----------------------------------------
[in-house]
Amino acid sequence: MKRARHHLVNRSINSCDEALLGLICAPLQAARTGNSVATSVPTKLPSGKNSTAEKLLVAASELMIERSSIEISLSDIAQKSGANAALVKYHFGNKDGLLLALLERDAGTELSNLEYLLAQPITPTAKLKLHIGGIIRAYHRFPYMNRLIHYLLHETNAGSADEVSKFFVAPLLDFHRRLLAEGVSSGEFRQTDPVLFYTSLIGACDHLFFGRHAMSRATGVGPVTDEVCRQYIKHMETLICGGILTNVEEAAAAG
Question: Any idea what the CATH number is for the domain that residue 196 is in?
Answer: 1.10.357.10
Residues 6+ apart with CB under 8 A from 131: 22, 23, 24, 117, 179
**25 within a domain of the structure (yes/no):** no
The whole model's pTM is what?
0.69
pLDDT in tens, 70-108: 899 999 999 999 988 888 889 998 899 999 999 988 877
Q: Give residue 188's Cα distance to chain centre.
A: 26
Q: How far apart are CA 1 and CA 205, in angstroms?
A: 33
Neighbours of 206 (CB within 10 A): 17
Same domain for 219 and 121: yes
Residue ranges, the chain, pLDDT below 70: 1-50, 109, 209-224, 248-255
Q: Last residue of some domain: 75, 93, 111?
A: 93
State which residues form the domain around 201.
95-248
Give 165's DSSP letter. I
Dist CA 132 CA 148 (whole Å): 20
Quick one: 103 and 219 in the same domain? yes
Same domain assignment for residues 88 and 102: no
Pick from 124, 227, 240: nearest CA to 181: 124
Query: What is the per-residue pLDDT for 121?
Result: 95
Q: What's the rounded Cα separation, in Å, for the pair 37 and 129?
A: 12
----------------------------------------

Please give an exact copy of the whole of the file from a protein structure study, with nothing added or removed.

[in-house]
Amino acid sequence: MKRARHHLVNRSINSCDEALLGLICAPLQAARTGNSVATSVPTKLPSGKNSTAEKLLVAASELMIERSSIEISLSDIAQKSGANAALVKYHFGNKDGLLLALLERDAGTELSNLEYLLAQPITPTAKLKLHIGGIIRAYHRFPYMNRLIHYLLHETNAGSADEVSKFFVAPLLDFHRRLLAEGVSSGEFRQTDPVLFYTSLIGACDHLFFGRHAMSRATGVGPVTDEVCRQYIKHMETLICGGILTNVEEAAAAG
Question: Any idea what the CATH number is for the domain that residue 196 is in?
Answer: 1.10.357.10
Residues 6+ apart with CB under 8 A from 131: 22, 23, 24, 117, 179
**25 within a domain of the structure (yes/no):** no
The whole model's pTM is what?
0.69
pLDDT in tens, 70-108: 899 999 999 999 988 888 889 998 899 999 999 988 877
Q: Give residue 188's Cα distance to chain centre.
A: 26
Q: How far apart are CA 1 and CA 205, in angstroms?
A: 33
Neighbours of 206 (CB within 10 A): 17
Same domain for 219 and 121: yes
Residue ranges, the chain, pLDDT below 70: 1-50, 109, 209-224, 248-255
Q: Last residue of some domain: 75, 93, 111?
A: 93
State which residues form the domain around 201.
95-248
Give 165's DSSP letter. I
Dist CA 132 CA 148 (whole Å): 20
Quick one: 103 and 219 in the same domain? yes
Same domain assignment for residues 88 and 102: no
Pick from 124, 227, 240: nearest CA to 181: 124
Query: What is the per-residue pLDDT for 121?
Result: 95
Q: What's the rounded Cα separation, in Å, for the pair 37 and 129?
A: 12